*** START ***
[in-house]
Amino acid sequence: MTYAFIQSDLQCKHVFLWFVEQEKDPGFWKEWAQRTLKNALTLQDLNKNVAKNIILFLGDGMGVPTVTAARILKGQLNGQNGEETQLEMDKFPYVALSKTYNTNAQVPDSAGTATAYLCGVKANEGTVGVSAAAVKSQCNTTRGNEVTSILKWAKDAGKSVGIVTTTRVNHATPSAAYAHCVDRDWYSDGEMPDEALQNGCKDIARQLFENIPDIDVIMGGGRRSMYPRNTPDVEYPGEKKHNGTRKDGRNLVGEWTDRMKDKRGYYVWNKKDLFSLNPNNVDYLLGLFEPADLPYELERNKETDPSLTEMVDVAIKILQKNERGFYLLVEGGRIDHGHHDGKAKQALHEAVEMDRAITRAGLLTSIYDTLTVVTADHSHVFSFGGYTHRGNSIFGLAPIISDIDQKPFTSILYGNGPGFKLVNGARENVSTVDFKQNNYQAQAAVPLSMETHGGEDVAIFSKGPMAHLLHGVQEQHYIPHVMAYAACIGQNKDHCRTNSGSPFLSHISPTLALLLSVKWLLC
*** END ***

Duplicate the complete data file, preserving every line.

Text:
[in-house]
Amino acid sequence: MTYAFIQSDLQCKHVFLWFVEQEKDPGFWKEWAQRTLKNALTLQDLNKNVAKNIILFLGDGMGVPTVTAARILKGQLNGQNGEETQLEMDKFPYVALSKTYNTNAQVPDSAGTATAYLCGVKANEGTVGVSAAAVKSQCNTTRGNEVTSILKWAKDAGKSVGIVTTTRVNHATPSAAYAHCVDRDWYSDGEMPDEALQNGCKDIARQLFENIPDIDVIMGGGRRSMYPRNTPDVEYPGEKKHNGTRKDGRNLVGEWTDRMKDKRGYYVWNKKDLFSLNPNNVDYLLGLFEPADLPYELERNKETDPSLTEMVDVAIKILQKNERGFYLLVEGGRIDHGHHDGKAKQALHEAVEMDRAITRAGLLTSIYDTLTVVTADHSHVFSFGGYTHRGNSIFGLAPIISDIDQKPFTSILYGNGPGFKLVNGARENVSTVDFKQNNYQAQAAVPLSMETHGGEDVAIFSKGPMAHLLHGVQEQHYIPHVMAYAACIGQNKDHCRTNSGSPFLSHISPTLALLLSVKWLLC